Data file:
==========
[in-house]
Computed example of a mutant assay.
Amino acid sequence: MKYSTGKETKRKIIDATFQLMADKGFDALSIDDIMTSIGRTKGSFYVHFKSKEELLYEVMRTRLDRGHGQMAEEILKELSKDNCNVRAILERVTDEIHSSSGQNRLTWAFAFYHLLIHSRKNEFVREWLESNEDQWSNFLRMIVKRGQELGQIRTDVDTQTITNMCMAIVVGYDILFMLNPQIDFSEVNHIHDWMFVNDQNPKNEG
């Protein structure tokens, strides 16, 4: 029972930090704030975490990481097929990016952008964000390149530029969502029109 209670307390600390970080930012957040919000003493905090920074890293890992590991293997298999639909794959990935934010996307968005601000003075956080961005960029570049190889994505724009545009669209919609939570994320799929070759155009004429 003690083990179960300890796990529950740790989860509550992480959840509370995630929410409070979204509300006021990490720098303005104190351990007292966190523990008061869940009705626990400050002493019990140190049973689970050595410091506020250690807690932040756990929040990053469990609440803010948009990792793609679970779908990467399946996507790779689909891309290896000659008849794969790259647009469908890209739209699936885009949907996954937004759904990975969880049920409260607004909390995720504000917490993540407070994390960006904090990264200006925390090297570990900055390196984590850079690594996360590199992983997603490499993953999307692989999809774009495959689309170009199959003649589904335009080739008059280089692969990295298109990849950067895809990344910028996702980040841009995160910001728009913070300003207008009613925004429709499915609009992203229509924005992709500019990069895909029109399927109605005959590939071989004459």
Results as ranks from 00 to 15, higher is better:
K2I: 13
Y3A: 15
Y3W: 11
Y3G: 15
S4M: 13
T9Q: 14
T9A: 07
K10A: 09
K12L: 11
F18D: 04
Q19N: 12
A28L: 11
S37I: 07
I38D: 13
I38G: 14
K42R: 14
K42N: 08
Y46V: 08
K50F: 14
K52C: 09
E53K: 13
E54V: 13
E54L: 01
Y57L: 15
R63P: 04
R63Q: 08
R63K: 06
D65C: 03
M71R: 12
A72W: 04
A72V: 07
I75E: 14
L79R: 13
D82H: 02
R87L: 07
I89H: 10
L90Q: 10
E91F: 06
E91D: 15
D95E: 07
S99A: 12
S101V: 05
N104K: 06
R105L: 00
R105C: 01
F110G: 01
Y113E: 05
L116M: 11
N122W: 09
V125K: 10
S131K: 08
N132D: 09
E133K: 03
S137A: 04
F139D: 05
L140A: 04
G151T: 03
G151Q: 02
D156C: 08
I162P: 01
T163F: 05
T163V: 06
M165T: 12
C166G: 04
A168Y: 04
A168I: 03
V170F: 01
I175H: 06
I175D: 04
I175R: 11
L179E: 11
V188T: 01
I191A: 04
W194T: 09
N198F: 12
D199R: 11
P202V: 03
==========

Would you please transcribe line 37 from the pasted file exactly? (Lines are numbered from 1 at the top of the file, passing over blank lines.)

I75E: 14